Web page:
(CNN) – Republican National Committee Chairman Mike Duncan told CNN he will spend the coming weekend deciding whether to run for another term at the helm of the GOP, and could announce his decision Monday.
Duncan said he is torn about what to do - he said he likes his job very much, but also feels it may time for him to return home to Kentucky after being at the RNC for eight years.
Duncan's deliberations come as several other Republicans are publicly eying his post, following two straight election cycles during which the GOP suffered stinging defeats.
Duncan has steadily risen through the ranks of the RNC over the last decade. In 2001 he was elected the committee's treasurer and was named general counsel in 2002. In 2007, President Bush tapped him to replace outgoing RNC chairman Ken Mehlman.
If he enters the race, Duncan will face a long list of challengers: former Maryland Lt. Gov. Michael Steele, South Carolina Republican Party Chairman Katon Dawson, former Mike Huckabee campaign manager and ex-Tennessee Republican party Chairman Chip Saltsman, and Michigan Republican Party Chairman Saul Anuzis have already declared they are seeking Duncan's job.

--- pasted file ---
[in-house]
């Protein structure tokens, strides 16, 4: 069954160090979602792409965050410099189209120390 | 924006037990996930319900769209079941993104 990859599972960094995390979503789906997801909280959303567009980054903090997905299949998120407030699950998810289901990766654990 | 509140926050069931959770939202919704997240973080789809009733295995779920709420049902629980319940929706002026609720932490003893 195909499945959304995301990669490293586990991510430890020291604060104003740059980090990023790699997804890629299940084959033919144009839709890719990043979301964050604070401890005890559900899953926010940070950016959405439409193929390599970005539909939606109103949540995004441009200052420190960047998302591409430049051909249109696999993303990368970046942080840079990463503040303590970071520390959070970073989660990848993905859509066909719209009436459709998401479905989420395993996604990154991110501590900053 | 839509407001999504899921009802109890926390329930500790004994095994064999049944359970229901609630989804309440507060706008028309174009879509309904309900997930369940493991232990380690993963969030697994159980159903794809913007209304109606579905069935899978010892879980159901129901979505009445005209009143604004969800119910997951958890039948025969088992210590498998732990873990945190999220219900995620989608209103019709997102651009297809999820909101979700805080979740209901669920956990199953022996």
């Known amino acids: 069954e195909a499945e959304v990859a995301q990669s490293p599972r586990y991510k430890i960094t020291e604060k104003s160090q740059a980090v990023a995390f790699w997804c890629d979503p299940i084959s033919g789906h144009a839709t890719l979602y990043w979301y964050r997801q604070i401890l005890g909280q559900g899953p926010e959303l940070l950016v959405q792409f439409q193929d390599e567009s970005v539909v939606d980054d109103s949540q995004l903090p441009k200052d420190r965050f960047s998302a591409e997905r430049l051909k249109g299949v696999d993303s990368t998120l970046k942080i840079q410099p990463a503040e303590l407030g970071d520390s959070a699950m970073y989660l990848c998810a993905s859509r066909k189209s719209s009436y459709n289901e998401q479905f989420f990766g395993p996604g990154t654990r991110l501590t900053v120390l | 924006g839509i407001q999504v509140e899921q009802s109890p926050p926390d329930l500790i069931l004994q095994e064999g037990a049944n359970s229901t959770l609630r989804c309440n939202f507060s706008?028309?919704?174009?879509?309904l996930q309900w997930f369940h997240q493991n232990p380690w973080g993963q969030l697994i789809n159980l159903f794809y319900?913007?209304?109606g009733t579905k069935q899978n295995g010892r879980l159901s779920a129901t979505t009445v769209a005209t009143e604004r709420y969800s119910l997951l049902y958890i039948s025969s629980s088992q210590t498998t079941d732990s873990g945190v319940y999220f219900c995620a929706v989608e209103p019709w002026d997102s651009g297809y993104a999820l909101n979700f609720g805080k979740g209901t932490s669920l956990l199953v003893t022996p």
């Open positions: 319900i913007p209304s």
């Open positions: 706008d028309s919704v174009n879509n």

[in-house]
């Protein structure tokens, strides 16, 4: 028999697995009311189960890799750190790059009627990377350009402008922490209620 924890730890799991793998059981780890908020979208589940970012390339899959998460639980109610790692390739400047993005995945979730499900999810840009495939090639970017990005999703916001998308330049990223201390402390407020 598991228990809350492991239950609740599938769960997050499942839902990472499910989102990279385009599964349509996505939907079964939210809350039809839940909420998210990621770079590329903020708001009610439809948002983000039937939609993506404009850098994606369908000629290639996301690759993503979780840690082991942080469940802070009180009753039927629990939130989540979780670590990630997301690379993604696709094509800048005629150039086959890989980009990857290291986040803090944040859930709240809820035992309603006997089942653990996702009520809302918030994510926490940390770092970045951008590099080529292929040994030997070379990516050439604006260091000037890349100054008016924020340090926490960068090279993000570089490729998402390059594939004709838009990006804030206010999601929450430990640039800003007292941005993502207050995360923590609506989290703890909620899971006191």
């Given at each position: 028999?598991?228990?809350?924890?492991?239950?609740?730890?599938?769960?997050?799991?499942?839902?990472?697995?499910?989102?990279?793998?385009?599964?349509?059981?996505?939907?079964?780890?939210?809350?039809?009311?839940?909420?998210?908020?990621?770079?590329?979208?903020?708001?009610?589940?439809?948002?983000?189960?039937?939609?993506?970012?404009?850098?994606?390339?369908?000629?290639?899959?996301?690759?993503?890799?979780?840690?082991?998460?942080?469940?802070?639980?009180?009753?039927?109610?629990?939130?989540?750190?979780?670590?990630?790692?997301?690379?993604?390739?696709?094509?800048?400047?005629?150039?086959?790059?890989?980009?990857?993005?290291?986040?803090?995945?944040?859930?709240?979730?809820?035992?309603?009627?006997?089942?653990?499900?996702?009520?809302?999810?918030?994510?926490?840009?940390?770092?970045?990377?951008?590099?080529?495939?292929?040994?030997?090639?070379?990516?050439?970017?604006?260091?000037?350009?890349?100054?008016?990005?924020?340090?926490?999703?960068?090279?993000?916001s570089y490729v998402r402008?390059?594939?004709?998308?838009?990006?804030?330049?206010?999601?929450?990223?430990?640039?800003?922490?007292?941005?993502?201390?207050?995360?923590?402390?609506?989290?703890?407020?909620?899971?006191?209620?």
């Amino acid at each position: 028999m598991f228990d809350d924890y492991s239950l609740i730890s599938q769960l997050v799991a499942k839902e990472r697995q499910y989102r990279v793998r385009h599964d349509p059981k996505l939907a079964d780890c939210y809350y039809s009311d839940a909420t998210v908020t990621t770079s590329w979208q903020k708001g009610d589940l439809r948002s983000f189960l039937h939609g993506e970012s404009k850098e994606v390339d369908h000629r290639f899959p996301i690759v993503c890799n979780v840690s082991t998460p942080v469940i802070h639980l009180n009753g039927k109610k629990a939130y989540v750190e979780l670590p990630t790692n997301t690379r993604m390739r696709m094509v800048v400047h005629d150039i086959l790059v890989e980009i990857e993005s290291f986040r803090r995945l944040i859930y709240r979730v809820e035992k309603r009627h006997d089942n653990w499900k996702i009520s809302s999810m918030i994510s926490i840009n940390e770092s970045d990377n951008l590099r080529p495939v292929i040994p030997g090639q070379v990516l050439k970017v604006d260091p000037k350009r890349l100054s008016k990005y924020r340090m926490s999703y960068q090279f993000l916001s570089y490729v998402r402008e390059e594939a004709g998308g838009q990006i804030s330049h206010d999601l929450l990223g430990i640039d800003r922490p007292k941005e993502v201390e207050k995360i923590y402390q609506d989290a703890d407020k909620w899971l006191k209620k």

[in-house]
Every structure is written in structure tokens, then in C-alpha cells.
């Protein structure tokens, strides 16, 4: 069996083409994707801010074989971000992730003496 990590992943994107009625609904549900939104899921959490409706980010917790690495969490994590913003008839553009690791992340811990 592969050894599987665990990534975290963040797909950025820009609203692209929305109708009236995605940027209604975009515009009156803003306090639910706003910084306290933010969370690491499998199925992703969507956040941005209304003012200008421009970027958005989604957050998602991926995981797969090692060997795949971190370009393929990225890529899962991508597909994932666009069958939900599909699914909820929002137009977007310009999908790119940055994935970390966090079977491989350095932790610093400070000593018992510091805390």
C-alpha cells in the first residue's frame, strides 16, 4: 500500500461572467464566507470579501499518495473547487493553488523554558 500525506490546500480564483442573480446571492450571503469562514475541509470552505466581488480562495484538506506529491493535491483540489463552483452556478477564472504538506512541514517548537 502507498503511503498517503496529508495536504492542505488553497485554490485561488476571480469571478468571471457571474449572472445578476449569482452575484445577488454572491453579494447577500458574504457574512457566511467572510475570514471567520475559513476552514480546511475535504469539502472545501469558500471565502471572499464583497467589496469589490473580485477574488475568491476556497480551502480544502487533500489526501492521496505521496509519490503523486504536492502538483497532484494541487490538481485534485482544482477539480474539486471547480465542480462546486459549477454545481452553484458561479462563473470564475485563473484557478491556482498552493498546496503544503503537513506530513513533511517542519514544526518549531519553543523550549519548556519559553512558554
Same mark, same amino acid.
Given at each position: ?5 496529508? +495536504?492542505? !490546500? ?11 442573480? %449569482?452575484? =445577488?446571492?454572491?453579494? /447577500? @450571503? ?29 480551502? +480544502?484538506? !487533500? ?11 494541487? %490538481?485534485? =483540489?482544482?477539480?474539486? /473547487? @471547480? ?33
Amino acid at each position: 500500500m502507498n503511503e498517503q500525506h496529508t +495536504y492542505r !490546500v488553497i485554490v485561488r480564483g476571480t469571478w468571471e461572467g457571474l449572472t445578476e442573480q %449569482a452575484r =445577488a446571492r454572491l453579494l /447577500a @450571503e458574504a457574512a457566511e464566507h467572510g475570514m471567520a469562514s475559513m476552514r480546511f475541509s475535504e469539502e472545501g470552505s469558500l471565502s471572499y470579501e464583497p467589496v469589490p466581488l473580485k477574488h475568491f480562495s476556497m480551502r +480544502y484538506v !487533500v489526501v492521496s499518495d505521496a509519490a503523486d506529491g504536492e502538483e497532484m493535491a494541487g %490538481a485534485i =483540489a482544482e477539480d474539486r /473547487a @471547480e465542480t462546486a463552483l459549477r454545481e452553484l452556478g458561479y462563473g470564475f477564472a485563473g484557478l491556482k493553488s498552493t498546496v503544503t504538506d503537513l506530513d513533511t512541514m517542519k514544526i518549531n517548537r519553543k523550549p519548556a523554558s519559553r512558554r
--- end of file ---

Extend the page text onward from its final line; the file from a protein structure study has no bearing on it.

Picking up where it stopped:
An RNC source close to Duncan later called to say the announcement may not come until later next week.
"RNC chair Duncan to decide future this weekend"
Wow, and I thought that the Wizard of Oz was all mighty and powerful .
See ya, wouldn't wanna be ya!
@Lauren......typical far right Republican reaction...you guys can DISH IT OUT but you sure as heck can't take it can you? And as far as Sarah Palin getting slammed, she deserves every slam she gets, so much so in fact that her OWN people were doing right after the election was over.
Remember THAT episode, Lauren??
Say it ain't so!
The Republican party is in ship shape, you MUST stay, we insist!
After all, your doing a heck of a job Mikey!
This is just another step in a process I have seen both parties undertake. After a major setback, they replace their leadership in both the national committee and Congress, they re-organize their coalition, they get some new faces and some new ideas and then wait for the party in power to over-reach and give them an opening.
What really makes the difference is re-organizing their coalition. Various factions move up in power, move down, and sometimes move out. New groups come in or are formed. New ideas are tested in elections. It can easily take 4, 8, or more years. It's a harsh and painful process, but it's how a political party adapts to a new environment.
The GOP is far from dead, but the current configuration of the party has run its course.